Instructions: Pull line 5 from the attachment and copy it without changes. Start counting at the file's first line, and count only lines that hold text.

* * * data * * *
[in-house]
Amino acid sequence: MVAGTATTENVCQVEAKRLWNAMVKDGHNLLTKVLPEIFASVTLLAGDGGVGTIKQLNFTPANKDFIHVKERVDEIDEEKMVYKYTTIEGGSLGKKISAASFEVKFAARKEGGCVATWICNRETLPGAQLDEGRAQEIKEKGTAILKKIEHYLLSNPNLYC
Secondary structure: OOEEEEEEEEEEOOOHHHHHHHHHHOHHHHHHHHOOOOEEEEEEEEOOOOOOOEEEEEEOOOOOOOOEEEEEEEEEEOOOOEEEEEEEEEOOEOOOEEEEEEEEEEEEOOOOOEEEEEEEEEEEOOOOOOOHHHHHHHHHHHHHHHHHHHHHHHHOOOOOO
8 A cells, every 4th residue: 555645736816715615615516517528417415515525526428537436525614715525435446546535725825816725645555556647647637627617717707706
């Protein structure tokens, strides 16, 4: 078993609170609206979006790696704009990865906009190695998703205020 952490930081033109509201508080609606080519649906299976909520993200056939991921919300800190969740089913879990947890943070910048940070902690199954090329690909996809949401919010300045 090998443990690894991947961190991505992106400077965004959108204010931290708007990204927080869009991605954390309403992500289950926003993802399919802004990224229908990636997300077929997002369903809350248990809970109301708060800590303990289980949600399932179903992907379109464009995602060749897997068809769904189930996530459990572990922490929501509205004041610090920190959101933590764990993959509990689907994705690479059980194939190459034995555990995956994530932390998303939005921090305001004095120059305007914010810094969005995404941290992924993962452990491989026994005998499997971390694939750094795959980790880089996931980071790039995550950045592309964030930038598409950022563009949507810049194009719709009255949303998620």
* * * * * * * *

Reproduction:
């Protein structure tokens, strides 16, 4: 078993609170609206979006790696704009990865906009190695998703205020 952490930081033109509201508080609606080519649906299976909520993200056939991921919300800190969740089913879990947890943070910048940070902690199954090329690909996809949401919010300045 090998443990690894991947961190991505992106400077965004959108204010931290708007990204927080869009991605954390309403992500289950926003993802399919802004990224229908990636997300077929997002369903809350248990809970109301708060800590303990289980949600399932179903992907379109464009995602060749897997068809769904189930996530459990572990922490929501509205004041610090920190959101933590764990993959509990689907994705690479059980194939190459034995555990995956994530932390998303939005921090305001004095120059305007914010810094969005995404941290992924993962452990491989026994005998499997971390694939750094795959980790880089996931980071790039995550950045592309964030930038598409950022563009949507810049194009719709009255949303998620």